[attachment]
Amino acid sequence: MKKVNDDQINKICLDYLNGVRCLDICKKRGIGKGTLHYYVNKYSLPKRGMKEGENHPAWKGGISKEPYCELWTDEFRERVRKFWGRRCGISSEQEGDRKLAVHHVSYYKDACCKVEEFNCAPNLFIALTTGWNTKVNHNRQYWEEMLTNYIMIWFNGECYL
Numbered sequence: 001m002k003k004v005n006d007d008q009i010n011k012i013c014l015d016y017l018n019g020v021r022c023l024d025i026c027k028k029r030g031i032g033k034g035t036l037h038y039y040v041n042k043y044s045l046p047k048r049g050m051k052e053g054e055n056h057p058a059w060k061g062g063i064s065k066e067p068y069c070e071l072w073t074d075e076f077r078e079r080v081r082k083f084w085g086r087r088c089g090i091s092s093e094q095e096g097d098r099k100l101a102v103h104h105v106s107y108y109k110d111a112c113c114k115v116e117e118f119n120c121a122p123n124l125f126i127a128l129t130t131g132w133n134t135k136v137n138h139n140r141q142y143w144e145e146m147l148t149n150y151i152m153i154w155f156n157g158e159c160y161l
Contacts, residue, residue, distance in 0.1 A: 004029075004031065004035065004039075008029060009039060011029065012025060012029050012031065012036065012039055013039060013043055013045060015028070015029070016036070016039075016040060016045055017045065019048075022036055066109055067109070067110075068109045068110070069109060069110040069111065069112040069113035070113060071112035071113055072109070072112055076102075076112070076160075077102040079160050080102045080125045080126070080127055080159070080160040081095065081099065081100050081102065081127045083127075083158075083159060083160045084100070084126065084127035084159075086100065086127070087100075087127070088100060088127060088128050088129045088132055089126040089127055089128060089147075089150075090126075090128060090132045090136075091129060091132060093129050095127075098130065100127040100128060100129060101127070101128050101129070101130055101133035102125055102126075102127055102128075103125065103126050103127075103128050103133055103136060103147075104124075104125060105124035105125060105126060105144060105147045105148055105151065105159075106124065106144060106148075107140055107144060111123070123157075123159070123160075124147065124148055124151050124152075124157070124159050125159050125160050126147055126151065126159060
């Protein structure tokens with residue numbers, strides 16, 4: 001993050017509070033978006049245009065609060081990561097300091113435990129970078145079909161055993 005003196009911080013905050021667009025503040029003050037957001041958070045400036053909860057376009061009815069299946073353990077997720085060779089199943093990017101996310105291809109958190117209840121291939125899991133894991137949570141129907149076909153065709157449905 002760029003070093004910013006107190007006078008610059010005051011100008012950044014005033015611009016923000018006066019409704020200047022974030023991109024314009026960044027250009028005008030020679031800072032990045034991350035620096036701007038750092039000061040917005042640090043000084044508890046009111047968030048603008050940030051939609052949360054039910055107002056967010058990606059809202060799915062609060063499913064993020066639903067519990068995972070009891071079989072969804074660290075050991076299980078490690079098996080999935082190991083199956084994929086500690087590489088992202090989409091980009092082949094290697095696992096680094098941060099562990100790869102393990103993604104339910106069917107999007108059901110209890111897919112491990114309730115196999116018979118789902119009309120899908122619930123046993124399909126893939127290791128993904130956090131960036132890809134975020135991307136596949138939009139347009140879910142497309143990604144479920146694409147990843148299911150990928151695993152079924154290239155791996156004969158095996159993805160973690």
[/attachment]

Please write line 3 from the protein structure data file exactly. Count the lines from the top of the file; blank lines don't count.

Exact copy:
Contacts, residue, residue, distance in 0.1 A: 004029075004031065004035065004039075008029060009039060011029065012025060012029050012031065012036065012039055013039060013043055013045060015028070015029070016036070016039075016040060016045055017045065019048075022036055066109055067109070067110075068109045068110070069109060069110040069111065069112040069113035070113060071112035071113055072109070072112055076102075076112070076160075077102040079160050080102045080125045080126070080127055080159070080160040081095065081099065081100050081102065081127045083127075083158075083159060083160045084100070084126065084127035084159075086100065086127070087100075087127070088100060088127060088128050088129045088132055089126040089127055089128060089147075089150075090126075090128060090132045090136075091129060091132060093129050095127075098130065100127040100128060100129060101127070101128050101129070101130055101133035102125055102126075102127055102128075103125065103126050103127075103128050103133055103136060103147075104124075104125060105124035105125060105126060105144060105147045105148055105151065105159075106124065106144060106148075107140055107144060111123070123157075123159070123160075124147065124148055124151050124152075124157070124159050125159050125160050126147055126151065126159060